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Home News August 7, 2012
First Lady of the United States Michelle Obama has signed and sent designation letters to two new Preserve America Neighborhoods, bringing the nationwide total of designated Preserve America Communities to 879.
“Preserve America Communities are committed to preserving their past by using their heritage to build a better future,” said Milford Wayne Donaldson, FAIA, chairman of the federal Advisory Council on Historic Preservation (ACHP). “We are particularly gratified to see the residents of urban neighborhoods demonstrate how much they care about the economic, educational, environmental, and sustainability benefits preservation provides, while creating more vibrant and desirable places to live, work and visit.”
The newly designated communities are the James Street Commons Historic District, and the Ironbound community, both historic neighborhoods in Newark, New Jersey. Newark is the largest city in New Jersey and is the county seat of Essex County. The city is divided into five geographical wards, and the two neighborhoods represent the city’s Central Ward (James Street Commons) and its formerly industrial and working class East Ward (Ironbound).
“Newark is one of our nation’s oldest and most historic cities, and the narrative of American history is written in the buildings, streets, and neighborhoods of our beloved ‘Brick City,’ ” said Newark Mayor Cory A. Booker. “My administration is committed to protecting our great architectural and spatial heritage, as a central part of our efforts to transform our City and restore its grandeur. We are proud that the Advisory Council on Historic Preservation and First Lady Michelle Obama are recognizing two of our most exciting neighborhoods, the James Street Commons Historic District and the Ironbound community, for their rich heritage. These designations are a tribute to the energy, unity, and love that our residents give to our beloved City.”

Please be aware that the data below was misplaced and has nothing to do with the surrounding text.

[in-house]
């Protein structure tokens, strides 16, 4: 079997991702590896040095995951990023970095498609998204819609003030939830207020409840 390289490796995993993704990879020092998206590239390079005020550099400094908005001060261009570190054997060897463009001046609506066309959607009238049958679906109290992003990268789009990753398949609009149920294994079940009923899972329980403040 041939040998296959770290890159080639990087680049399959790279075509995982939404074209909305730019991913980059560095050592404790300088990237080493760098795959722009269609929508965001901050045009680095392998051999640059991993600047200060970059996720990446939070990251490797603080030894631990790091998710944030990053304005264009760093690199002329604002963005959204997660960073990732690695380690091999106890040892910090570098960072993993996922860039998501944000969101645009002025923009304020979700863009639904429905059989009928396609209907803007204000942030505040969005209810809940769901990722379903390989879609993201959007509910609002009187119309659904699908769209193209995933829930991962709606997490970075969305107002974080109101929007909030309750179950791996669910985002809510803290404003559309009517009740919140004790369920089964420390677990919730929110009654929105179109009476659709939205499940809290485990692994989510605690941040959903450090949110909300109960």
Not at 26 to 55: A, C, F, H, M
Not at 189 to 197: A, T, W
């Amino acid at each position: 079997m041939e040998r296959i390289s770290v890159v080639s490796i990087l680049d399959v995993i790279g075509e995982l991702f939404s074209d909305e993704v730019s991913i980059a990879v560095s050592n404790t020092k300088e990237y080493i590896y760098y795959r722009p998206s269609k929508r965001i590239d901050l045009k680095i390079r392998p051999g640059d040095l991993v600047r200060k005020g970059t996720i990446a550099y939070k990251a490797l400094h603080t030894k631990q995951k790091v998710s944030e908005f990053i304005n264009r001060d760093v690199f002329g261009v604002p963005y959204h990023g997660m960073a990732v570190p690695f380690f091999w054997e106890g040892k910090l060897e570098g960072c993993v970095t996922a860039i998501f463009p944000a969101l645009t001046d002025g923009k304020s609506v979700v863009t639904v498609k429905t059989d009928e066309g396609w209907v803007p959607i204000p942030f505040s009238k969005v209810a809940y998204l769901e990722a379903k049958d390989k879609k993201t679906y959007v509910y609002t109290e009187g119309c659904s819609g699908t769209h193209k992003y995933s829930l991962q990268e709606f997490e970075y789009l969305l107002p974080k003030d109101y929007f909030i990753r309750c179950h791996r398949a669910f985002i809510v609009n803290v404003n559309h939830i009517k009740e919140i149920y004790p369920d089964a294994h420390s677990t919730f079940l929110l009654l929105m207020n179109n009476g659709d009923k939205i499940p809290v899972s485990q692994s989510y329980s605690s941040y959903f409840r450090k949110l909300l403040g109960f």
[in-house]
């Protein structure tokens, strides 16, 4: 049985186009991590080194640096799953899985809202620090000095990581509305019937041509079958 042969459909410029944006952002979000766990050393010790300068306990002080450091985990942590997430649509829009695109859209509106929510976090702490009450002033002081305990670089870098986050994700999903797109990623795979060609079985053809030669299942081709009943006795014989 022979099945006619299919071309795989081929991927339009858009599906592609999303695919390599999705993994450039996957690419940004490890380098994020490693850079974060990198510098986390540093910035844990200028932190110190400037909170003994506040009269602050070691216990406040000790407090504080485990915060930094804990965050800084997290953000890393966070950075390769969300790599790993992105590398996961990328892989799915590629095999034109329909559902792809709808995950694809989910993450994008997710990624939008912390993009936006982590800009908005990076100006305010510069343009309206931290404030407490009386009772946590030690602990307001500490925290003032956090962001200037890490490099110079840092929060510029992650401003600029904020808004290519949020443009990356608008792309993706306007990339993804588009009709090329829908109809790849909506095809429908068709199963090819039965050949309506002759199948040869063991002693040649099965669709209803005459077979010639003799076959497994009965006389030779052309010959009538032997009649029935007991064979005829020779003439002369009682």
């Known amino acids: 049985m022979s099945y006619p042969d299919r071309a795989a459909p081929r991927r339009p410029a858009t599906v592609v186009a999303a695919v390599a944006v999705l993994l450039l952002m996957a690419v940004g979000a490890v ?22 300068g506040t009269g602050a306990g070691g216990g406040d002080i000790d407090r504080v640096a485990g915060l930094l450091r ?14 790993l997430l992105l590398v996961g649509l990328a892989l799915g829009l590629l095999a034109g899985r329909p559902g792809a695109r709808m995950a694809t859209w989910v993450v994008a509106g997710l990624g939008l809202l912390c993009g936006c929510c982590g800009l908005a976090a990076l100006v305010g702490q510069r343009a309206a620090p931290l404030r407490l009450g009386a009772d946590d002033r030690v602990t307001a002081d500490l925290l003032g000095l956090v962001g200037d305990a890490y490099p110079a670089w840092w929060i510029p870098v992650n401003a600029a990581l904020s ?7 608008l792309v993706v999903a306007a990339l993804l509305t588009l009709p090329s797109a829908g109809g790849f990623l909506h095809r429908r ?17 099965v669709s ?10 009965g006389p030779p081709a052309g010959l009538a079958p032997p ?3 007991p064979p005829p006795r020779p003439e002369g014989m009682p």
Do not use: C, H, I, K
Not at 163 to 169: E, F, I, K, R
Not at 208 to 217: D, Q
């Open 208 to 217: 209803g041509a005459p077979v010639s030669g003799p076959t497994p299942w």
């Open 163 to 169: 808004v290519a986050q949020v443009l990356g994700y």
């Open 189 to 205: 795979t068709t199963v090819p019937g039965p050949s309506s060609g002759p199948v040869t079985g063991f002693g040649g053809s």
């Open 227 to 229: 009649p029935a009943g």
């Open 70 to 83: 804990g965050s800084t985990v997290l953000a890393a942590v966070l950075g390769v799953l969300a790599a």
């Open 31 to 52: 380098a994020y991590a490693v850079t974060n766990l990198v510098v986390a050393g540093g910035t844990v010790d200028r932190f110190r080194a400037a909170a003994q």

The James Street Commons Historic District, listed in the National Register of Historic Places in 1979, has long been the residential and cultural center of the city, and retains late 19th century homes, landmark buildings from the mid-1800s through the 1930s, and Washington Park with its monumental statuary from the early 20th century. Rutgers University-Newark and the New Jersey Institute of Technology occupy portions of the area, and the Halsey Street corridor is becoming a revitalized commercial and arts destination.
The name “Ironbound” was once said to have originated from the many forges and foundries that were found in this area during the latter half of the 19th century, but may refer to the railroad tracks that surrounded the area when the rail lines were constructed in the mid-1800s. An industrial and working class neighborhood in the 19th and early 20th centuries, the Ironbound had factory and brewery workers living next to railroad and port workers. The area remains a diverse community that has had inhabitants from many ethnic groups and countries of origin over the years. A shopping, dining, and nightlife destination, today it is sometimes known as “Little Portugal” because of its large population of Portuguese-Americans.
The Preserve America program recognizes a select group of communities, including neighborhoods in cities larger than 200,000, that use their heritage resources for community revitalization. These places share the myriad benefits of historic preservation and an appreciation for their history and culture with residents and visitors. The latest designations are the first historic neighborhoods to be designated in New Jersey, and bring New Jersey’s total designated Preserve America Communities to seven.
Preserve America Communities are located in all 50 states, the District of Columbia, and several overseas U.S. territories. A full list of Preserve America Communities, along with profiles and contact information, can be found at www.preserveamerica.gov/PAcommunities.htmlApplications from prospective new Preserve America Communities are accepted quarterly; the next deadline for submission is September 1, 2012. Preserve America is administered by the ACHP with assistance from the U.S. Department of the Interior. For more information, including community designation criteria and application forms, see www.preserveamerica.gov/communities.html